Entrances to Yellowstone NP: Gardiner, MT at North Entrance

Our Gardiner, MT camp looking south. All the mountains  in the picture are in Yellowstone NP. The town is in the valley to the right of us.

Our Gardiner, MT camp looking south. All the mountains in the picture are in Yellowstone NP. The town is in the valley to the right of us. Natural beauty, very little traffic, an abundance of wildlife and a great 4g signal made it one of my favorite camps. 

After three days of the nightmare of dealing with the crowds and traffic at Yellowstone, I needed a break! Next up on my agenda was to drive the Beartooth Scenic Byway from the northeast entrance into Yellowstone up to Red Lodge, Montana. I’ve heard all my life that this was the most beautiful and amazing drive in the whole country so I was really looking forward to it. I needed to spend a few days catching up on website work so I wanted to find a campsite along the way where I could get internet in camp. The most likely looking place was at Gardiner, MT which is at the north entrance into Yellowstone in the Gallatin NF. So I downloaded the MVUM for the Gallatin NF, and sure enough it listed lots of dispersed camping very near town. That’s where I was going next!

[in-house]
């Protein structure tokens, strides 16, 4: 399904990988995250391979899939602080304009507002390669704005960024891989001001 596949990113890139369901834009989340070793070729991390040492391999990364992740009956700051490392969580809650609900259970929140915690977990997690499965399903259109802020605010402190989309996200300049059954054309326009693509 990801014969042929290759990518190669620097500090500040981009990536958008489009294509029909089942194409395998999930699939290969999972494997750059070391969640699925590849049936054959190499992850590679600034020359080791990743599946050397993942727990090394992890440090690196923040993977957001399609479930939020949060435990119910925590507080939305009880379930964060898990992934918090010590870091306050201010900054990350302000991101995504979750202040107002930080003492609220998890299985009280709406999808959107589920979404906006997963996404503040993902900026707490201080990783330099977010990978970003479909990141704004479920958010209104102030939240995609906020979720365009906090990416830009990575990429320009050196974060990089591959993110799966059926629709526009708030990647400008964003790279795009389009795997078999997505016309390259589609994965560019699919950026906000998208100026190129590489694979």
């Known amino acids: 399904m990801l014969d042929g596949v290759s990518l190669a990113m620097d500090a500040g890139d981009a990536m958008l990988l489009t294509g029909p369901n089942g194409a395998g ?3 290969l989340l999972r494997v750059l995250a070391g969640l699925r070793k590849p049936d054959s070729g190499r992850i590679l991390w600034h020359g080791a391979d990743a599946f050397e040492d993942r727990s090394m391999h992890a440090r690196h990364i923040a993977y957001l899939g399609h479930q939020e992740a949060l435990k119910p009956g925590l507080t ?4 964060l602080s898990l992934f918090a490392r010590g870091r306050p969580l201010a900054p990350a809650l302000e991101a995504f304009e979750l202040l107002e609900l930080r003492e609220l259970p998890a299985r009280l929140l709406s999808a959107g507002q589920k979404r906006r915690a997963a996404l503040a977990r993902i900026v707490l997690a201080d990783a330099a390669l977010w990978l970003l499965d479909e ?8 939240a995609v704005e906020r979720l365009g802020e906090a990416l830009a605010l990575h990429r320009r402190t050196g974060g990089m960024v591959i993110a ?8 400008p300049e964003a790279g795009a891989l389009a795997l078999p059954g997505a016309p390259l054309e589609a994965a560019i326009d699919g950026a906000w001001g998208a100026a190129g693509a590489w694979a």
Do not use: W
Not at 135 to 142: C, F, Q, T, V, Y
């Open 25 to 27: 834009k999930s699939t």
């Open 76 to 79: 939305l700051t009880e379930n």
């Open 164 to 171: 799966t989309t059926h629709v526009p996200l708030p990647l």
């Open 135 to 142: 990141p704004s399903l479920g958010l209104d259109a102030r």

The climb up Travertine Rd. to my campsite.

The climb up Travetine Rd. to my campsite.

Gardner Camp

Gathering storm at my Gardiner Camp

Rainbow at Gardiner camp.

Rainbow at Gardiner camp.